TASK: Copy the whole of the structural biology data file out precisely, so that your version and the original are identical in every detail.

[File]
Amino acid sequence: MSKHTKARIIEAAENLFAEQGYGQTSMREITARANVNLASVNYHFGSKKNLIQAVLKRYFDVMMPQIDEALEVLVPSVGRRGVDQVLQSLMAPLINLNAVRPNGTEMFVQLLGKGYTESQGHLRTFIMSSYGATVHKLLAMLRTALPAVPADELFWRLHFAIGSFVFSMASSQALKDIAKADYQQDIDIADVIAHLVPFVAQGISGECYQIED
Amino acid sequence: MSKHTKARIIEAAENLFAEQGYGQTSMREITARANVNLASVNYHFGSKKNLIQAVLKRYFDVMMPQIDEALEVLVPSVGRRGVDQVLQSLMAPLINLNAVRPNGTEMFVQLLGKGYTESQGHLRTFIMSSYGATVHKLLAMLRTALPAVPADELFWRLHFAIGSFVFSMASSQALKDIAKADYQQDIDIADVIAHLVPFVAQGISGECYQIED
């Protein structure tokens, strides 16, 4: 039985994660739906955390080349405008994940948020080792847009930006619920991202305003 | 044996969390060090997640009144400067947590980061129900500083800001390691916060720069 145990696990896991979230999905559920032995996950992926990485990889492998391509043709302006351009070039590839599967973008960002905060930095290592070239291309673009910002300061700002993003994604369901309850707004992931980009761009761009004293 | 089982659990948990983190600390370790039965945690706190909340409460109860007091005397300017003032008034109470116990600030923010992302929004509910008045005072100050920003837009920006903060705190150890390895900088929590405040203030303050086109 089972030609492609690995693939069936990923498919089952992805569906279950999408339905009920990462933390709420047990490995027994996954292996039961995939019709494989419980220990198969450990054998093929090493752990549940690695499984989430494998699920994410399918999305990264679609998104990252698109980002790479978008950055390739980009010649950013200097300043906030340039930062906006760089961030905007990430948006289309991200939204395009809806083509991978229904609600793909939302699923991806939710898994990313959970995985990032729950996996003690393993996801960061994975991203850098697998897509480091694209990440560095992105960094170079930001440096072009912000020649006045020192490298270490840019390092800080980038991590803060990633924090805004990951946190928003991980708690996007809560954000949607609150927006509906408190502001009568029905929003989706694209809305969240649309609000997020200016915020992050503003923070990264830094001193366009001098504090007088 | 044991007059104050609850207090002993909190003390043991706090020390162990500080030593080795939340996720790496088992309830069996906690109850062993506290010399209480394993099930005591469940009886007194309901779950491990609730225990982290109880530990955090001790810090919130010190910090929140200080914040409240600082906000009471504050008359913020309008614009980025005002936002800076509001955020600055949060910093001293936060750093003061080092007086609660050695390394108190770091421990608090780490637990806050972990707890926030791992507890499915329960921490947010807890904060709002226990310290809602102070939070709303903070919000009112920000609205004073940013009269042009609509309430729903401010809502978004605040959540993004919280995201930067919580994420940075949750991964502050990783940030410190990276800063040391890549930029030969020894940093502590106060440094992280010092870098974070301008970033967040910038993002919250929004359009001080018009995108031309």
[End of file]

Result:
Amino acid sequence: MSKHTKARIIEAAENLFAEQGYGQTSMREITARANVNLASVNYHFGSKKNLIQAVLKRYFDVMMPQIDEALEVLVPSVGRRGVDQVLQSLMAPLINLNAVRPNGTEMFVQLLGKGYTESQGHLRTFIMSSYGATVHKLLAMLRTALPAVPADELFWRLHFAIGSFVFSMASSQALKDIAKADYQQDIDIADVIAHLVPFVAQGISGECYQIED
Amino acid sequence: MSKHTKARIIEAAENLFAEQGYGQTSMREITARANVNLASVNYHFGSKKNLIQAVLKRYFDVMMPQIDEALEVLVPSVGRRGVDQVLQSLMAPLINLNAVRPNGTEMFVQLLGKGYTESQGHLRTFIMSSYGATVHKLLAMLRTALPAVPADELFWRLHFAIGSFVFSMASSQALKDIAKADYQQDIDIADVIAHLVPFVAQGISGECYQIED
């Protein structure tokens, strides 16, 4: 039985994660739906955390080349405008994940948020080792847009930006619920991202305003 | 044996969390060090997640009144400067947590980061129900500083800001390691916060720069 145990696990896991979230999905559920032995996950992926990485990889492998391509043709302006351009070039590839599967973008960002905060930095290592070239291309673009910002300061700002993003994604369901309850707004992931980009761009761009004293 | 089982659990948990983190600390370790039965945690706190909340409460109860007091005397300017003032008034109470116990600030923010992302929004509910008045005072100050920003837009920006903060705190150890390895900088929590405040203030303050086109 089972030609492609690995693939069936990923498919089952992805569906279950999408339905009920990462933390709420047990490995027994996954292996039961995939019709494989419980220990198969450990054998093929090493752990549940690695499984989430494998699920994410399918999305990264679609998104990252698109980002790479978008950055390739980009010649950013200097300043906030340039930062906006760089961030905007990430948006289309991200939204395009809806083509991978229904609600793909939302699923991806939710898994990313959970995985990032729950996996003690393993996801960061994975991203850098697998897509480091694209990440560095992105960094170079930001440096072009912000020649006045020192490298270490840019390092800080980038991590803060990633924090805004990951946190928003991980708690996007809560954000949607609150927006509906408190502001009568029905929003989706694209809305969240649309609000997020200016915020992050503003923070990264830094001193366009001098504090007088 | 044991007059104050609850207090002993909190003390043991706090020390162990500080030593080795939340996720790496088992309830069996906690109850062993506290010399209480394993099930005591469940009886007194309901779950491990609730225990982290109880530990955090001790810090919130010190910090929140200080914040409240600082906000009471504050008359913020309008614009980025005002936002800076509001955020600055949060910093001293936060750093003061080092007086609660050695390394108190770091421990608090780490637990806050972990707890926030791992507890499915329960921490947010807890904060709002226990310290809602102070939070709303903070919000009112920000609205004073940013009269042009609509309430729903401010809502978004605040959540993004919280995201930067919580994420940075949750991964502050990783940030410190990276800063040391890549930029030969020894940093502590106060440094992280010092870098974070301008970033967040910038993002919250929004359009001080018009995108031309």